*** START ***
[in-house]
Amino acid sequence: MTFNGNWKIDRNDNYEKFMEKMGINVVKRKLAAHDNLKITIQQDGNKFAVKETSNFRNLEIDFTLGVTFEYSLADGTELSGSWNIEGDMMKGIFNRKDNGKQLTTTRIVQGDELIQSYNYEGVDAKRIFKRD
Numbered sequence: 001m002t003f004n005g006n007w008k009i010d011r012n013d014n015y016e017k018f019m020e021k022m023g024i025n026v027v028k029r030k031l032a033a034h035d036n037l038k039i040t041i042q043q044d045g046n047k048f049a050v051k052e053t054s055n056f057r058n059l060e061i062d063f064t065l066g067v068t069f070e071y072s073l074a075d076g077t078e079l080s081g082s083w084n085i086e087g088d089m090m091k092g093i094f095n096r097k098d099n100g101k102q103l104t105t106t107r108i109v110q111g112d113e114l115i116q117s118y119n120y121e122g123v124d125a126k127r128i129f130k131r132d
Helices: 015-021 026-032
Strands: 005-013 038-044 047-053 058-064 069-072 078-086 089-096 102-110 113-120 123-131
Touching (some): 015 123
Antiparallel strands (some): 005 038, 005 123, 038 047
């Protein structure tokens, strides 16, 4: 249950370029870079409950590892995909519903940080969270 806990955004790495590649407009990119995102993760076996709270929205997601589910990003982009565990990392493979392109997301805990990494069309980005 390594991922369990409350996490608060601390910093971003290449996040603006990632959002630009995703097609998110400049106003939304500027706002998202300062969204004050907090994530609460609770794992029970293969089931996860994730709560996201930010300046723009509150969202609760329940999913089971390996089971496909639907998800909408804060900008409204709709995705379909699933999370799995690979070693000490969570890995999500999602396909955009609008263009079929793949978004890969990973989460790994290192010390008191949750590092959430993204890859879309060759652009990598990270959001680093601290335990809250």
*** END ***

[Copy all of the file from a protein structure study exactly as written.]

[in-house]
Amino acid sequence: MTFNGNWKIDRNDNYEKFMEKMGINVVKRKLAAHDNLKITIQQDGNKFAVKETSNFRNLEIDFTLGVTFEYSLADGTELSGSWNIEGDMMKGIFNRKDNGKQLTTTRIVQGDELIQSYNYEGVDAKRIFKRD
Numbered sequence: 001m002t003f004n005g006n007w008k009i010d011r012n013d014n015y016e017k018f019m020e021k022m023g024i025n026v027v028k029r030k031l032a033a034h035d036n037l038k039i040t041i042q043q044d045g046n047k048f049a050v051k052e053t054s055n056f057r058n059l060e061i062d063f064t065l066g067v068t069f070e071y072s073l074a075d076g077t078e079l080s081g082s083w084n085i086e087g088d089m090m091k092g093i094f095n096r097k098d099n100g101k102q103l104t105t106t107r108i109v110q111g112d113e114l115i116q117s118y119n120y121e122g123v124d125a126k127r128i129f130k131r132d
Helices: 015-021 026-032
Strands: 005-013 038-044 047-053 058-064 069-072 078-086 089-096 102-110 113-120 123-131
Touching (some): 015 123
Antiparallel strands (some): 005 038, 005 123, 038 047
């Protein structure tokens, strides 16, 4: 249950370029870079409950590892995909519903940080969270 806990955004790495590649407009990119995102993760076996709270929205997601589910990003982009565990990392493979392109997301805990990494069309980005 390594991922369990409350996490608060601390910093971003290449996040603006990632959002630009995703097609998110400049106003939304500027706002998202300062969204004050907090994530609460609770794992029970293969089931996860994730709560996201930010300046723009509150969202609760329940999913089971390996089971496909639907998800909408804060900008409204709709995705379909699933999370799995690979070693000490969570890995999500999602396909955009609008263009079929793949978004890969990973989460790994290192010390008191949750590092959430993204890859879309060759652009990598990270959001680093601290335990809250």